On the current Duke and Duchess’s first overseas visit in 1973, to Mexico, Simon couldn’t resist the invitation to take a turn on a beautiful horse only to find that the arena in which he was directed to ride was actually a bullring complete with bull. After a few frantic circuits of the ring doing his best to avoid the bull, Simon was required, as tradition dictates, to throw his cowboy hat to a lady of his choosing. He launched the hat in the general direction of the visiting party only for his audience to watch it sail through the air and land plum in the Duchess’s lap. Simon lapped up the applause but later had to admit that it was a complete fluke, as his eyes were firmly fixed on the bull at the time. The Private Secretary to The Queen, who was shortly to pay a visit of her own to Mexico, was not impressed when reports reached Buckingham Palace and felt Simon had set a precedent that he would rather not have to follow.

Simon was appointed KCVO in 1982 and retired in 1989 but he remained as an extra Equerry. He was then a Vice President of Raleigh International and pursued numerous charitable interests. He was President of the Kent branch of the Royal British Legion. He was appointed a Knight of St John in 1988 and was a Freeman of the City of London.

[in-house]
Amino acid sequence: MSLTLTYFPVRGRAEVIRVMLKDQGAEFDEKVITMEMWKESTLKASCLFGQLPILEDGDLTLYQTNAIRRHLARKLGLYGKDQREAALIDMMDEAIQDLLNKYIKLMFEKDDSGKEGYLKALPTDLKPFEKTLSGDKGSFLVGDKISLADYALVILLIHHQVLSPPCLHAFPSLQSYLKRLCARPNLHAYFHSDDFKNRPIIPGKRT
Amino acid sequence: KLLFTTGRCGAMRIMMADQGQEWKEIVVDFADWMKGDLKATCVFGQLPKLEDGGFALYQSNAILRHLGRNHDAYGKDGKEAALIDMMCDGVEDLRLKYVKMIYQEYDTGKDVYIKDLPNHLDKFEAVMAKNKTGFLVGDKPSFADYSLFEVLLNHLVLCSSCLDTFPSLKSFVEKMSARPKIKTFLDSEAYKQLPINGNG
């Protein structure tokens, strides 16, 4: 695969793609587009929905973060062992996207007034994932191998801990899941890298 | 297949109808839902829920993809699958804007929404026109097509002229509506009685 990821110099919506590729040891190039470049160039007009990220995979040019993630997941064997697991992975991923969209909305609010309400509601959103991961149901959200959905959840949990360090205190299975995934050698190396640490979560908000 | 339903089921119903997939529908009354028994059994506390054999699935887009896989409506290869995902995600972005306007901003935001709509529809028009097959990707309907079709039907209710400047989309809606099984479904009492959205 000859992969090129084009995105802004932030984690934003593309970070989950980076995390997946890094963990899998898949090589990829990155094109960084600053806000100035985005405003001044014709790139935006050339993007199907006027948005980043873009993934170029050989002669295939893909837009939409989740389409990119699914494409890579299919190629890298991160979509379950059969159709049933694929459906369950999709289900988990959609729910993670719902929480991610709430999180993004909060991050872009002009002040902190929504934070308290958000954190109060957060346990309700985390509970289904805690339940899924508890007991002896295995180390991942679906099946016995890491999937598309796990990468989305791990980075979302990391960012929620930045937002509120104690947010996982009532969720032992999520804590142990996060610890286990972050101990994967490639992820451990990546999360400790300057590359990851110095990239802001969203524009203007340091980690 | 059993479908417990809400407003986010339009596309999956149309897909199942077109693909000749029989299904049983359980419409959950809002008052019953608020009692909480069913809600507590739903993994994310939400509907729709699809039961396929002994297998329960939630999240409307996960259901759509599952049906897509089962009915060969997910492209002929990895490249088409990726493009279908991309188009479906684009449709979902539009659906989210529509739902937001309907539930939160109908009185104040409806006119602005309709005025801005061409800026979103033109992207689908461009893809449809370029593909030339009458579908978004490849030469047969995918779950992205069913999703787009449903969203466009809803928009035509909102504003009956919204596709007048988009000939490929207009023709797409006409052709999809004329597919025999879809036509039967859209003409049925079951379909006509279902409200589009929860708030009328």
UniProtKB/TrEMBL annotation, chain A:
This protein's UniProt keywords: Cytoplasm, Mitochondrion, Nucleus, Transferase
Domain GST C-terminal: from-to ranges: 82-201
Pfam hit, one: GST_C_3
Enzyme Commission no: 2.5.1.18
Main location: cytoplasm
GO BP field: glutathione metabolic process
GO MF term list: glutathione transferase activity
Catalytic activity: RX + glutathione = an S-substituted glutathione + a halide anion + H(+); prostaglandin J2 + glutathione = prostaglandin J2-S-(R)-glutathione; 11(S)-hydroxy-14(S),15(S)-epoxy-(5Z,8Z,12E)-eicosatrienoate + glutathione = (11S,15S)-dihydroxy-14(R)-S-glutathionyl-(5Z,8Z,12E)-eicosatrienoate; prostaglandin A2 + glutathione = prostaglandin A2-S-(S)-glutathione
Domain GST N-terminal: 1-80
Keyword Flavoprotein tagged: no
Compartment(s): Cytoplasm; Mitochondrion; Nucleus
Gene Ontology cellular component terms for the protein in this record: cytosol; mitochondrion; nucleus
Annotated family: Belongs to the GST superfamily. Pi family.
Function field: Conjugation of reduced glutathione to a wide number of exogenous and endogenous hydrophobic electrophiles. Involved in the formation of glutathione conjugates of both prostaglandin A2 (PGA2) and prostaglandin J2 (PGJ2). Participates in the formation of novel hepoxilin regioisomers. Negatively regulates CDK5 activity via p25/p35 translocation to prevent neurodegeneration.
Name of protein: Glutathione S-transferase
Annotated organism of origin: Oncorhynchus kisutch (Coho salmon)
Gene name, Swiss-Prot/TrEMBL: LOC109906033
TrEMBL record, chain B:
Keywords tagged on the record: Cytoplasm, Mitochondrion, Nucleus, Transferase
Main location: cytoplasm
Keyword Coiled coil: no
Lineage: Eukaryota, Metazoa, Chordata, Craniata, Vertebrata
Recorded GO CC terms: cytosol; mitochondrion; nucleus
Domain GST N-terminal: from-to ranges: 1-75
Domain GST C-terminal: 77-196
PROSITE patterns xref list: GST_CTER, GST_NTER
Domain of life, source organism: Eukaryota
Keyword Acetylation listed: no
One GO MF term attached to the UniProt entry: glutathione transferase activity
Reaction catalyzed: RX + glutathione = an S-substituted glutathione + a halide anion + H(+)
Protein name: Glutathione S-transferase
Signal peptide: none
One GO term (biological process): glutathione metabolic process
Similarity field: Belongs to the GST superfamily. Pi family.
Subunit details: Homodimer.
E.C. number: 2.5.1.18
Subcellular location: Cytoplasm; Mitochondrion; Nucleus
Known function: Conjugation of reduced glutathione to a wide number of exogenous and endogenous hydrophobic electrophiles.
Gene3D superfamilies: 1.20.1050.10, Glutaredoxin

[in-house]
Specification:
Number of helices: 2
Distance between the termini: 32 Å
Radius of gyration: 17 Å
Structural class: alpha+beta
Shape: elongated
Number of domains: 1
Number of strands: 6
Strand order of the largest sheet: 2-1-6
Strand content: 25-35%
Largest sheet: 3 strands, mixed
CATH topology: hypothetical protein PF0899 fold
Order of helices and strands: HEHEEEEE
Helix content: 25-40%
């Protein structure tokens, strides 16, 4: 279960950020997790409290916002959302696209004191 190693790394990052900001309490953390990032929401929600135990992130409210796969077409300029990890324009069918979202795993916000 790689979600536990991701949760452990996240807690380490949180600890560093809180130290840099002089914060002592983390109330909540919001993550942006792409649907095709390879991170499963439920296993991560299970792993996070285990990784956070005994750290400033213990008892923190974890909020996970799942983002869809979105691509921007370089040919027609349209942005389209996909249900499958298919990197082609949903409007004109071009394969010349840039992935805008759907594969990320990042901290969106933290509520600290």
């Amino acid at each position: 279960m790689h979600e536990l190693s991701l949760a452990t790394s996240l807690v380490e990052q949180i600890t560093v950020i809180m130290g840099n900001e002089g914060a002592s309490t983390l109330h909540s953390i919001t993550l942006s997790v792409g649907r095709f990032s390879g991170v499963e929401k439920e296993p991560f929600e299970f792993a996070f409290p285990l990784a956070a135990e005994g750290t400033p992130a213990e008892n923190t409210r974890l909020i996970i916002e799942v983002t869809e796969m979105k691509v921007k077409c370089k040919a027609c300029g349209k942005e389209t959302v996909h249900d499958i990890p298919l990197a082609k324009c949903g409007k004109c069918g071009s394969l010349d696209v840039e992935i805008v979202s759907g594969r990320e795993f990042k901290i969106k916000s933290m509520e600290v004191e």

In later life Simon and Olivia sold Gabriels Manor and moved into a smaller house in Edenbridge where Olivia died in 2013 just short of their diamond wedding anniversary after a long battle with Alzheimer’s, through which Simon nursed her devotedly. Simon lived on to his 99th year, a remarkable achievement given the near misses in his early life. His cheerfully warm and positive nature never left him. He attended Third Guards Club and Blue Seal dinners well into his ninth decade. After being persuaded to give up his car (or what was left of it) he took to a mobility scooter and could often be spotted riding around Edenbridge wearing a UN beret totally oblivious to the lengthy queue of cars building up behind him.

Simon was a devoted family man, never happier than when surrounded by his children, seven grandchildren, and two great grandchildren. He was sustained throughout his life by a strong Christian faith. At the packed funeral in Edenbridge, attended by The Duke of Gloucester with other members of the royal family represented, news of The Queen’s death came through. The very last entry in the Court Circular of the late Queen’s reign was a record of Her Majesty being represented at Simon’s funeral by a lady in waiting, an apposite historical footnote reflecting a lifetime of service.